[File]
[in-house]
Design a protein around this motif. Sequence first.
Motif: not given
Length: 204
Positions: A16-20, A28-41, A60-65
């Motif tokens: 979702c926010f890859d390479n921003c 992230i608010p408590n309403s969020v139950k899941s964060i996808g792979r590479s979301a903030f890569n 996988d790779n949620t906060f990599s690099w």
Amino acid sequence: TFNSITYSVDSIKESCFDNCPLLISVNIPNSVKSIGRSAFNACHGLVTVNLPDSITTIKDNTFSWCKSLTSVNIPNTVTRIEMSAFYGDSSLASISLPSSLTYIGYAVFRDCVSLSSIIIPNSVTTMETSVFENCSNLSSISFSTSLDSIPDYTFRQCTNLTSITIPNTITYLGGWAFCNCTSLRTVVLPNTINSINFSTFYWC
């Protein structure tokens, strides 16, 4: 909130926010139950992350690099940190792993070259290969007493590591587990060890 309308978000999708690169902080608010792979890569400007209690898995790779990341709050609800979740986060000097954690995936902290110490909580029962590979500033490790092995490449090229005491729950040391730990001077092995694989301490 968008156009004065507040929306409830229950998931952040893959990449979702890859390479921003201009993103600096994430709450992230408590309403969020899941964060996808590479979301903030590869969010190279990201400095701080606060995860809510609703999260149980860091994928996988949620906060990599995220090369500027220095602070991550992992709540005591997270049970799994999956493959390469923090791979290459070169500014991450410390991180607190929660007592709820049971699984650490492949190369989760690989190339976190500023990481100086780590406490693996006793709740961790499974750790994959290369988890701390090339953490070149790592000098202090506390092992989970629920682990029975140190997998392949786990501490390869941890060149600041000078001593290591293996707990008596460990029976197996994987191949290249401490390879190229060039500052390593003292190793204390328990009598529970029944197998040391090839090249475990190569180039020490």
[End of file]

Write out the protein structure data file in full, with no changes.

[in-house]
Design a protein around this motif. Sequence first.
Motif: not given
Length: 204
Positions: A16-20, A28-41, A60-65
């Motif tokens: 979702c926010f890859d390479n921003c 992230i608010p408590n309403s969020v139950k899941s964060i996808g792979r590479s979301a903030f890569n 996988d790779n949620t906060f990599s690099w």
Amino acid sequence: TFNSITYSVDSIKESCFDNCPLLISVNIPNSVKSIGRSAFNACHGLVTVNLPDSITTIKDNTFSWCKSLTSVNIPNTVTRIEMSAFYGDSSLASISLPSSLTYIGYAVFRDCVSLSSIIIPNSVTTMETSVFENCSNLSSISFSTSLDSIPDYTFRQCTNLTSITIPNTITYLGGWAFCNCTSLRTVVLPNTINSINFSTFYWC
């Protein structure tokens, strides 16, 4: 909130926010139950992350690099940190792993070259290969007493590591587990060890 309308978000999708690169902080608010792979890569400007209690898995790779990341709050609800979740986060000097954690995936902290110490909580029962590979500033490790092995490449090229005491729950040391730990001077092995694989301490 968008156009004065507040929306409830229950998931952040893959990449979702890859390479921003201009993103600096994430709450992230408590309403969020899941964060996808590479979301903030590869969010190279990201400095701080606060995860809510609703999260149980860091994928996988949620906060990599995220090369500027220095602070991550992992709540005591997270049970799994999956493959390469923090791979290459070169500014991450410390991180607190929660007592709820049971699984650490492949190369989760690989190339976190500023990481100086780590406490693996006793709740961790499974750790994959290369988890701390090339953490070149790592000098202090506390092992989970629920682990029975140190997998392949786990501490390869941890060149600041000078001593290591293996707990008596460990029976197996994987191949290249401490390879190229060039500052390593003292190793204390328990009598529970029944197998040391090839090249475990190569180039020490």